By this point, you’ve either forgotten about my initial question, or you’ve been frustratingly clenching your teeth and demanding some serious answers because you’re a very serious person (it says so on your resume). But here it is: why does Ryo ask the wrong question in almost every scenario where there will be dialogue between you and another person? Well, I don’t know. This is my only gripe with Shenmue up to this point in the game. I wish that they had decided to give you dialogue options because not only is he asking the wrong questions, he’s usually rambling on about things that have nothing to do with the story, let alone the fact that the responding dialogue typically makes even less sense. Here’s hoping that the dialogue starts to fix itself!

Tom has no idea what is going on, but he has some amazing dance moves and delicious hot dogs
Shenmue_Part1_Tom

Finally, within the first couple of hours or so, I find that Shenmue is more adventure than action. You spend most of your time wandering Dobuita street, fists always clenched, asking people silly questions and getting even sillier answers. I have, so far, been involved in one quick time fight, in which you press the correct corresponding button to the label on the screen. Yet, I’m somehow still enjoying the game thanks to the ability to explore the graphically pleasing city. I think I’ll stick around for a while.

Where can I find a fight?!
Shenmue_Part1_StreetView

That is all for Part 1 as I, Wolfie, take you on an adventure through this retroland called Shenmue. Stay tuned for Part 2 as I get further into the story. Thanks for reading!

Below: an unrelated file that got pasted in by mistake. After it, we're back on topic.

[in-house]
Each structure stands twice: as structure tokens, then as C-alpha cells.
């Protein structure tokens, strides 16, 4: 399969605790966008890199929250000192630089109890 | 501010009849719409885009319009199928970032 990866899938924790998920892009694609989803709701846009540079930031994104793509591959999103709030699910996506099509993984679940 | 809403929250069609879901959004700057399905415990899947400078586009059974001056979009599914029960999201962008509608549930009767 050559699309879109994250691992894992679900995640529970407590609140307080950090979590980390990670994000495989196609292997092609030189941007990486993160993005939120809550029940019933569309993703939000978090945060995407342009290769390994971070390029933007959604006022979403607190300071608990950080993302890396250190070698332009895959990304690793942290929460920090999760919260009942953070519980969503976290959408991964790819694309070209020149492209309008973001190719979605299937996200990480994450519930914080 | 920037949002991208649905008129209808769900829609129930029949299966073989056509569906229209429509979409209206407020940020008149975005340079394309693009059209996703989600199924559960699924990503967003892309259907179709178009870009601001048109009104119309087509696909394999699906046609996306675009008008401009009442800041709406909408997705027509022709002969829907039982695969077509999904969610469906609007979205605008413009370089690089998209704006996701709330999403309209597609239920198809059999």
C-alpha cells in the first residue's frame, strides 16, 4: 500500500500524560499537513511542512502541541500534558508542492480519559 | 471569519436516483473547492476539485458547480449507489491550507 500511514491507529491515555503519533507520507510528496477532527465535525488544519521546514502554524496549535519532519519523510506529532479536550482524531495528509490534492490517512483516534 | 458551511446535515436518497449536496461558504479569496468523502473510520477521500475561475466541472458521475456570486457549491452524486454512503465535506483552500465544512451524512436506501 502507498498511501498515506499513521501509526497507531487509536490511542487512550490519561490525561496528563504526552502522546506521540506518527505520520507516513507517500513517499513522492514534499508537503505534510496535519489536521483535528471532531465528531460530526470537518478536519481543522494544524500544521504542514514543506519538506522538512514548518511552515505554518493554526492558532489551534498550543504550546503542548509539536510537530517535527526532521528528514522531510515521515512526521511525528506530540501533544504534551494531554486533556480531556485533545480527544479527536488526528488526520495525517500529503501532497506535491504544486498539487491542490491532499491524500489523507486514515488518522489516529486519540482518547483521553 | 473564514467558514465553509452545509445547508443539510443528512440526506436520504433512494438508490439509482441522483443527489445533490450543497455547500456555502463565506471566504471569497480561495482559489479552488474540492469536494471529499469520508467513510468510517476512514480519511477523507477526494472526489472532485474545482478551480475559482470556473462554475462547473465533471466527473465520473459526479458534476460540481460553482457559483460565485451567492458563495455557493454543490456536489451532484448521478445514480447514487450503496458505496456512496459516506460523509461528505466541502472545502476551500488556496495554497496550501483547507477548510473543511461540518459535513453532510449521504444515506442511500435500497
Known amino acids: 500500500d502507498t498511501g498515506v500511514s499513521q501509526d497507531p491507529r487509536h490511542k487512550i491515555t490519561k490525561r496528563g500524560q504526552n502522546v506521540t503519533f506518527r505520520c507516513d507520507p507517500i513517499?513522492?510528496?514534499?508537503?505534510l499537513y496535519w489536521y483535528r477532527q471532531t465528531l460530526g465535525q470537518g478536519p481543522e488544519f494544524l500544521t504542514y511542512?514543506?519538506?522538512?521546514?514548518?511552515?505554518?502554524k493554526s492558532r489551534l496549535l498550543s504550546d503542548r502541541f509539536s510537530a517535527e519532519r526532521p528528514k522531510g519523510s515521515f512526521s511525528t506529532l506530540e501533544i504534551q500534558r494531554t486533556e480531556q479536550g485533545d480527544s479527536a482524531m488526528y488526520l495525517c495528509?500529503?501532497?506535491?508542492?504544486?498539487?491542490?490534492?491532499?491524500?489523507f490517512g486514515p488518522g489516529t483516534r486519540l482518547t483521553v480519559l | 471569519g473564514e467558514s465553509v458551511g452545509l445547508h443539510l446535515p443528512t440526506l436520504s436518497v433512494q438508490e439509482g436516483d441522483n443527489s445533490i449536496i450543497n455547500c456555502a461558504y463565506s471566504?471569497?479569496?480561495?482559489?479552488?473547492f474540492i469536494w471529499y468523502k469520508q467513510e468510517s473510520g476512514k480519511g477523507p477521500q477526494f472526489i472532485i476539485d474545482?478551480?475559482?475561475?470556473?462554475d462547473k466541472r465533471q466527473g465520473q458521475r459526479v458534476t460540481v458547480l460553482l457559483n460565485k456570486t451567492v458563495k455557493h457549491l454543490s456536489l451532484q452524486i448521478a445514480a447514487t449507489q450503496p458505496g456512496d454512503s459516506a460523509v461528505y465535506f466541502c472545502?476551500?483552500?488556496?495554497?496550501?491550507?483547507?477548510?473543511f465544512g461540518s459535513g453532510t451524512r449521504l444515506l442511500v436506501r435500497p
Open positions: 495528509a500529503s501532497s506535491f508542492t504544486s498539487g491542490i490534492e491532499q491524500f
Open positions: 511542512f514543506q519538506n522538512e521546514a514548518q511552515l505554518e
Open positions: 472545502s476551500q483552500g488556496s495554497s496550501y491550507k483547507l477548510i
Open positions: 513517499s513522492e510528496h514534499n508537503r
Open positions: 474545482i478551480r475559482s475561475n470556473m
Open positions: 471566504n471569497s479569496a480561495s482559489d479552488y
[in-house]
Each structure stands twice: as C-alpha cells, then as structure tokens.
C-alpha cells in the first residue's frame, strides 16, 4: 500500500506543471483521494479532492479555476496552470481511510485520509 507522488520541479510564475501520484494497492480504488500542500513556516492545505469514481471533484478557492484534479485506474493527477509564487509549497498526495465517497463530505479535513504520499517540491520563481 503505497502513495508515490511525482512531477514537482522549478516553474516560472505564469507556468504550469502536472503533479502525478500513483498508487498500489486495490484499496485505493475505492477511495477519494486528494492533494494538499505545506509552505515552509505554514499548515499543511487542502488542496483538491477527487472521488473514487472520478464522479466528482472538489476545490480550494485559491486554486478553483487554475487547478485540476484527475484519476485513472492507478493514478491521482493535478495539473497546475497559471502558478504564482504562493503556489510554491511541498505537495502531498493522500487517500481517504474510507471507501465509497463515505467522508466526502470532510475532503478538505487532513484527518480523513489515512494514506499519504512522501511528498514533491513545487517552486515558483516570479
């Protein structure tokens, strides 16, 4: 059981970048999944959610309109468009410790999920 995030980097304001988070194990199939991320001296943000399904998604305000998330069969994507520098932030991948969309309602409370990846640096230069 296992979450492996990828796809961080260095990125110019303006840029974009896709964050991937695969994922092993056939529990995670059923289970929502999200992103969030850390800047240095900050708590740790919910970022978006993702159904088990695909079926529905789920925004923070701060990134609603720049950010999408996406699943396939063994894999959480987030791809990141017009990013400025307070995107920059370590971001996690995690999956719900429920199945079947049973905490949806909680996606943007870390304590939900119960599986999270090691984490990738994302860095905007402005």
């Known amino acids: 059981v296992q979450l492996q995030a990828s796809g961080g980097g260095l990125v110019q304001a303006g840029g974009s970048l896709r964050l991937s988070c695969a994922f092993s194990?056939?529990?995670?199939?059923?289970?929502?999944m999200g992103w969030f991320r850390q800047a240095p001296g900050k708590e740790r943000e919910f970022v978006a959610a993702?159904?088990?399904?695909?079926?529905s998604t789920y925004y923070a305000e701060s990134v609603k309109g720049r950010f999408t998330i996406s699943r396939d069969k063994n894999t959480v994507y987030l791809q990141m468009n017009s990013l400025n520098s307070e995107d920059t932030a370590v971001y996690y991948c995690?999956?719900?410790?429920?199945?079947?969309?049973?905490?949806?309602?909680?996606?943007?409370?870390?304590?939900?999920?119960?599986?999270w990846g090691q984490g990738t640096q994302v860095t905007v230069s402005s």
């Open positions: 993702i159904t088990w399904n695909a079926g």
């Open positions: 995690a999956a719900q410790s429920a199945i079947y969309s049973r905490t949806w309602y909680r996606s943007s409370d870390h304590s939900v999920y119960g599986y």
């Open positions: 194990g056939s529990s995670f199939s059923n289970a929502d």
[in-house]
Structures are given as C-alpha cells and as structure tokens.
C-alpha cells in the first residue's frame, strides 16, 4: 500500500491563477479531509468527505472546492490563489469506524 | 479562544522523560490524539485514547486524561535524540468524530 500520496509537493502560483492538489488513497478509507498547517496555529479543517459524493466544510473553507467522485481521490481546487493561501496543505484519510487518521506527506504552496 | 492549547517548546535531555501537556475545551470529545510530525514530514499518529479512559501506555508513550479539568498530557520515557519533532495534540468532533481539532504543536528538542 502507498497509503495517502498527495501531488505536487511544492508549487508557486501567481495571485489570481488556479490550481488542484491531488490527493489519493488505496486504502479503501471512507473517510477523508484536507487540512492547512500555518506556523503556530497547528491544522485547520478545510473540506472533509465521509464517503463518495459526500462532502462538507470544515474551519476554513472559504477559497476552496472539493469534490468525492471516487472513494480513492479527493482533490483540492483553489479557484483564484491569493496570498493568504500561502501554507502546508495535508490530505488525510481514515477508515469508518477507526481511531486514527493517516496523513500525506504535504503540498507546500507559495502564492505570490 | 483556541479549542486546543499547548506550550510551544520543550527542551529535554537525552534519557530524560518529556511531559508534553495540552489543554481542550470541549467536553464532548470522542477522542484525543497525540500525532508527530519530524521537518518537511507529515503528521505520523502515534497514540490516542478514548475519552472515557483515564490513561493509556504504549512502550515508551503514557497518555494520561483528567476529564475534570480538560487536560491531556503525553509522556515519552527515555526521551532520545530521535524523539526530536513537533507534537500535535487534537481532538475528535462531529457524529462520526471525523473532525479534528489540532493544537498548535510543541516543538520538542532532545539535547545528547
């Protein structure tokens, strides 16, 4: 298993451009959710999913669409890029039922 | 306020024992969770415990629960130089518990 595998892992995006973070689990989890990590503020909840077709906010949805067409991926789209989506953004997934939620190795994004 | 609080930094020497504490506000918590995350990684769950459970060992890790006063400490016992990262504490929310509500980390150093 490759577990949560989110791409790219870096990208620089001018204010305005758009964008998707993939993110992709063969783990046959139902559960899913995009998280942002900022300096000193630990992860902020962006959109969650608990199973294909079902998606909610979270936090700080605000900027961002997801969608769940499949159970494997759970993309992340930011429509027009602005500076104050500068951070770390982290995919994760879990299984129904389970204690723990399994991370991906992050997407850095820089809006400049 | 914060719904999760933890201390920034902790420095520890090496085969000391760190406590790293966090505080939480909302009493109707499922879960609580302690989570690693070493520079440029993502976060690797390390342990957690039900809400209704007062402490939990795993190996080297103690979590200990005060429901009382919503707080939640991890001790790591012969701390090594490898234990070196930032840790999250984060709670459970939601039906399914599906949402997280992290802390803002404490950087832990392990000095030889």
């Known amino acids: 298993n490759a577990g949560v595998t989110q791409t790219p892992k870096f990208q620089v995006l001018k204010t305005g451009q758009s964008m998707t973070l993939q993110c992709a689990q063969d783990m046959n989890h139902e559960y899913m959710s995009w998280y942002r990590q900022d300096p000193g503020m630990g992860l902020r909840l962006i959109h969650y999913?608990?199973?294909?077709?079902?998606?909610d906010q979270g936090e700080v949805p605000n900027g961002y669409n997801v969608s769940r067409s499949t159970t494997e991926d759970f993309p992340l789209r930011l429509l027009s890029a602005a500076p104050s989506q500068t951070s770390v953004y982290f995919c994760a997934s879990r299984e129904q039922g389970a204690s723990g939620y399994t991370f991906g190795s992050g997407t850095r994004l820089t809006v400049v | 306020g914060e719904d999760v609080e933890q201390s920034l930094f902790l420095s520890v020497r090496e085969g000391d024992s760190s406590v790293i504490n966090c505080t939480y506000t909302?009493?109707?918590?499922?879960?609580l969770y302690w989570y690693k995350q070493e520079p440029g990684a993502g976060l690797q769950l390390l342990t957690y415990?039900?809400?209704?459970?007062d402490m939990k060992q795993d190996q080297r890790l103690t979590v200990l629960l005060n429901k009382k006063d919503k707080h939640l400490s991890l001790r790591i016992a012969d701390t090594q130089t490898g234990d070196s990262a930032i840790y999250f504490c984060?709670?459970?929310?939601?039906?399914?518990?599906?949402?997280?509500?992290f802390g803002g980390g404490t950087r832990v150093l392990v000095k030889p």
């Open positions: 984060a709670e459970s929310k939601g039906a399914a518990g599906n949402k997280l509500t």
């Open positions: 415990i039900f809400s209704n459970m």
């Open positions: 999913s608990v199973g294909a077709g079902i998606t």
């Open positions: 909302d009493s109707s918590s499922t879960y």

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blahjediWolfsbora
U.S.A. based arcade cabinet & retro game collector. Lover of all (good) games and the people that play them!

Follow Wolfsbora on Twitter and Steam.

 

 

 

 

NG:Dev.Team Dreamy Dreamcast Titles

NGDEV_Dreamcast_TITLEJust in case you have been on a sojourn to the moon and have just landed back on earth, we have some HUGE news – those awesome folks at NG:Dev.Team have announced that due to popular demand, they will re-issue some of their past Dreamcast games in Japanese styled CD jewel cases!

If you haven’t already got them, you can grab Gunlord, Fast Striker and Last Hope Pink Bullets now to enjoy on your Dreamcast. These re-issued games are aimed at new customers but previous owners may want the CD case releases to compliment their DVD case editions of the same games.

There is a limited run of each game and the special bundle, so you better be quick! Shipping is scheduled to commence between April 20th and 25th! More details at the NG:Dev.Direct site – get ordering!

NGDev_DC_HDRimage source: NG:Dev Team

 

Six Awesome Sega Dreamcast Facts

DC

A short and sweet video about six Sega Dreamcast facts you may or may not have been aware of. Watch it, you might learn something. We definitely did. Long live the Dreamcast!


source: Vsauce3